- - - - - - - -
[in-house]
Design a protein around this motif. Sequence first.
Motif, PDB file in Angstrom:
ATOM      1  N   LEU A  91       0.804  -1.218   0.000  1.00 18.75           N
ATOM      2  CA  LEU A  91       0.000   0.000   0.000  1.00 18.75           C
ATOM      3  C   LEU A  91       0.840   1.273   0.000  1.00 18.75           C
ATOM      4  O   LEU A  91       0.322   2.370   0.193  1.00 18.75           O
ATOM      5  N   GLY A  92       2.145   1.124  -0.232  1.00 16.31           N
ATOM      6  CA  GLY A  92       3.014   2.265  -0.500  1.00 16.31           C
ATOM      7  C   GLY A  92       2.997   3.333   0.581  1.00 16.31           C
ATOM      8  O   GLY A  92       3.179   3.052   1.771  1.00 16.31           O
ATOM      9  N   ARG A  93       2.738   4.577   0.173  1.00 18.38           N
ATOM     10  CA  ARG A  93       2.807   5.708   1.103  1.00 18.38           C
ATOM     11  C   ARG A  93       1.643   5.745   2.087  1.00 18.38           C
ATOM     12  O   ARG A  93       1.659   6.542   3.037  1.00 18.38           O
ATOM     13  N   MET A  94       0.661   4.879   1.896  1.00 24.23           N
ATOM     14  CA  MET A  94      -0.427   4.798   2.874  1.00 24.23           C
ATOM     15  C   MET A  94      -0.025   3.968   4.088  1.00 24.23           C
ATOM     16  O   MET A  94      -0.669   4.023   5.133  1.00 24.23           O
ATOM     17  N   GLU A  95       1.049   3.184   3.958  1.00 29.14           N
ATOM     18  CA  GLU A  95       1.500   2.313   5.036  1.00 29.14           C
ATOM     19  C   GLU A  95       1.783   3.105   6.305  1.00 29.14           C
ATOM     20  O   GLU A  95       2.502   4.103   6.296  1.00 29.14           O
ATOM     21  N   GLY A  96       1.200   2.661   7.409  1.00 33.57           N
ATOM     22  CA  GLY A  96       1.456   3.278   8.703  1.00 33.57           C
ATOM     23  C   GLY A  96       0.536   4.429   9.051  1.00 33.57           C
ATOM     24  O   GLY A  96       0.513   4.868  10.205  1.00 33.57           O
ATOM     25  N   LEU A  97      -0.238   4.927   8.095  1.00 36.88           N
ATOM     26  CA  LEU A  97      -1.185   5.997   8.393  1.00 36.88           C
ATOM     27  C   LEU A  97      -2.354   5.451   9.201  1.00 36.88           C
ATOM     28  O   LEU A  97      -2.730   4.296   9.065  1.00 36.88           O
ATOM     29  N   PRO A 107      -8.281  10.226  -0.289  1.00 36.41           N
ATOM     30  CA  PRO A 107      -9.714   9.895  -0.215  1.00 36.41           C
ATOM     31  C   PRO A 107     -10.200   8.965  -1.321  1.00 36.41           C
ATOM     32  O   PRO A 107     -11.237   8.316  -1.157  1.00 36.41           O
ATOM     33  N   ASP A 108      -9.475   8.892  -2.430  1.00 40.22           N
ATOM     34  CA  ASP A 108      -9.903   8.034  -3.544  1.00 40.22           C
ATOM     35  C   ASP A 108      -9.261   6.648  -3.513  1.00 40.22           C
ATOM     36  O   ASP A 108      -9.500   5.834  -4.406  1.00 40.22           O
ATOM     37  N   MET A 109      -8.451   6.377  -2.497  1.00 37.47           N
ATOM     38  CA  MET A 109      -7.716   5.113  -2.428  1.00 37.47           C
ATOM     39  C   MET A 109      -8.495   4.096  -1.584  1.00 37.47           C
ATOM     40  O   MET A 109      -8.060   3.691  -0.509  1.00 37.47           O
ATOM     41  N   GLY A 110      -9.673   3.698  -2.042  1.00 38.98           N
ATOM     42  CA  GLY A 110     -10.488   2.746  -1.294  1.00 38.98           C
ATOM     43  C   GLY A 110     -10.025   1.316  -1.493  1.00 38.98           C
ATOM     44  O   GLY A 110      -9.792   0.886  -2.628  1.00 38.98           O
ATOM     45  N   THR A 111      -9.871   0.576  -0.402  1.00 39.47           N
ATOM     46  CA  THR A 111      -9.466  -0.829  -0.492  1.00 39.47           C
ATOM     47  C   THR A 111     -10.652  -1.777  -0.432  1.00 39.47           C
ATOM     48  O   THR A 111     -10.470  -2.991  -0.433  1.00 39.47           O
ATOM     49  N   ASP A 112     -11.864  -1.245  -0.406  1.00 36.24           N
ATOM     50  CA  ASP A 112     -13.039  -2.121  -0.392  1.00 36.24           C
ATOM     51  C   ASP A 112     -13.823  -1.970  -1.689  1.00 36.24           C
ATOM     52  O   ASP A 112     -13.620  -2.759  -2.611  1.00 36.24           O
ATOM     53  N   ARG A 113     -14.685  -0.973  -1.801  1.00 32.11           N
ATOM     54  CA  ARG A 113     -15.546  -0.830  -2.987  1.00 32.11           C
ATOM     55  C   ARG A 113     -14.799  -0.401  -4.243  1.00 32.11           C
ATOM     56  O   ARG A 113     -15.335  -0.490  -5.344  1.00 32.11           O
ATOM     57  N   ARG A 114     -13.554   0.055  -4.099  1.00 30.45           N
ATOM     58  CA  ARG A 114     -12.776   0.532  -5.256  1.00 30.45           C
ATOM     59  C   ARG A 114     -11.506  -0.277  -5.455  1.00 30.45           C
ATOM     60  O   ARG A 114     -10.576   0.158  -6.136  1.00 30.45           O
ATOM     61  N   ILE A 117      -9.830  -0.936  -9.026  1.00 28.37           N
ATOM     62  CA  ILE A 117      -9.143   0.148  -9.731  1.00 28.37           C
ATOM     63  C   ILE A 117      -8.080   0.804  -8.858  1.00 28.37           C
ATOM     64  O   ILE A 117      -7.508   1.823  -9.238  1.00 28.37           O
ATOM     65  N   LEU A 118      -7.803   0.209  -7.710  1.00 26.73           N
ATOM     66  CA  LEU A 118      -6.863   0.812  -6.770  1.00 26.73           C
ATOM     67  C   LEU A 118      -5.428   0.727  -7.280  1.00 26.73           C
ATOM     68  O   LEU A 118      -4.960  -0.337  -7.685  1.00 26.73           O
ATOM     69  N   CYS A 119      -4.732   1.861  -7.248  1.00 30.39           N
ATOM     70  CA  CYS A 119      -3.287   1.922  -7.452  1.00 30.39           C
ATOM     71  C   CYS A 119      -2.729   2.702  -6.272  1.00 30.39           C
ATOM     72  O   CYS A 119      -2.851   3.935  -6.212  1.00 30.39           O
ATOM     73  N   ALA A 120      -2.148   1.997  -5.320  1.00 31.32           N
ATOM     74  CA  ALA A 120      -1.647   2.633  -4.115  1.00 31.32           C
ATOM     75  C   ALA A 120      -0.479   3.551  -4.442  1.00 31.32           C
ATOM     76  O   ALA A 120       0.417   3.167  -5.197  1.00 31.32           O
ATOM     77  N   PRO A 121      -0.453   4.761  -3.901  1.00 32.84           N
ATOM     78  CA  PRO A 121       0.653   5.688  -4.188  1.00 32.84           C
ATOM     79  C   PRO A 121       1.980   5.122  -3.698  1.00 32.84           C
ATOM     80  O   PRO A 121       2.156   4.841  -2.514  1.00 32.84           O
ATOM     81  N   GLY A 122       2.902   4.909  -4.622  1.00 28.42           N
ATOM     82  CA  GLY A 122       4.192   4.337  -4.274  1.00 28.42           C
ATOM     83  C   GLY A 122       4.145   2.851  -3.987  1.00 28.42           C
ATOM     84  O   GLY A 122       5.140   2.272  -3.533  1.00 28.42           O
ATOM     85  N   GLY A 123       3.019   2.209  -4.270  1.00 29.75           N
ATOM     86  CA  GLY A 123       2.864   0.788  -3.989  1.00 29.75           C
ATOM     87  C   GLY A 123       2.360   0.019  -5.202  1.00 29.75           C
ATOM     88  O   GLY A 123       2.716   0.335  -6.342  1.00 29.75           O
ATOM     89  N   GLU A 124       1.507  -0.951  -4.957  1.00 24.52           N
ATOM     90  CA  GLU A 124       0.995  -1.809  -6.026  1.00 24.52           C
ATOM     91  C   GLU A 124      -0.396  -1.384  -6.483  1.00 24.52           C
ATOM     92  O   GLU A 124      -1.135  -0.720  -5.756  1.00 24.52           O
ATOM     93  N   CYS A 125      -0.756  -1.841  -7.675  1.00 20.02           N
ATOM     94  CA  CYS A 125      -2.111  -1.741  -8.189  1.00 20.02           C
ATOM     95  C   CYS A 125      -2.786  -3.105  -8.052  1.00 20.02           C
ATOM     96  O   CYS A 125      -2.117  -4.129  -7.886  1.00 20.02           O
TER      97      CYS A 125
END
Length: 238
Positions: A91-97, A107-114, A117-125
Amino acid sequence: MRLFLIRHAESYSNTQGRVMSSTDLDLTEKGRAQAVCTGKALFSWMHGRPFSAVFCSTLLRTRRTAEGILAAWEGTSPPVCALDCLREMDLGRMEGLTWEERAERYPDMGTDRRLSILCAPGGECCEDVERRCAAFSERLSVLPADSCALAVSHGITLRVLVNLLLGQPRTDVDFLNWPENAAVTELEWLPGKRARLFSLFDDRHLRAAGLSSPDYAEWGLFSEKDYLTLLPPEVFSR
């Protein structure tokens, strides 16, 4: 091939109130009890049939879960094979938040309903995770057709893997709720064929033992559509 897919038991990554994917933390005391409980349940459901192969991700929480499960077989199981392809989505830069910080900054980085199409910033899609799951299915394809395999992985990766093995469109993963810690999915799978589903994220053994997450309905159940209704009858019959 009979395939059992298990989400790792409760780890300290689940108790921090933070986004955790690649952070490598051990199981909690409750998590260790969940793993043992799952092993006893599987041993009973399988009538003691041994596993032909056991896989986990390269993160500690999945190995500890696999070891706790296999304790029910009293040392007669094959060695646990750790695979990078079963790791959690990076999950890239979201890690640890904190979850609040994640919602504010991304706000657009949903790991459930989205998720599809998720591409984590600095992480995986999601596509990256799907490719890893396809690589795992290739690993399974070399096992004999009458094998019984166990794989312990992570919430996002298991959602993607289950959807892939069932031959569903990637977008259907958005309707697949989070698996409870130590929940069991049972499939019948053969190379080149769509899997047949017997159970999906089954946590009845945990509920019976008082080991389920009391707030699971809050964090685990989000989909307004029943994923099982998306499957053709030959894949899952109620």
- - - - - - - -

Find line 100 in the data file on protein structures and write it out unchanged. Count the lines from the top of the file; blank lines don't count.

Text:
TER      97      CYS A 125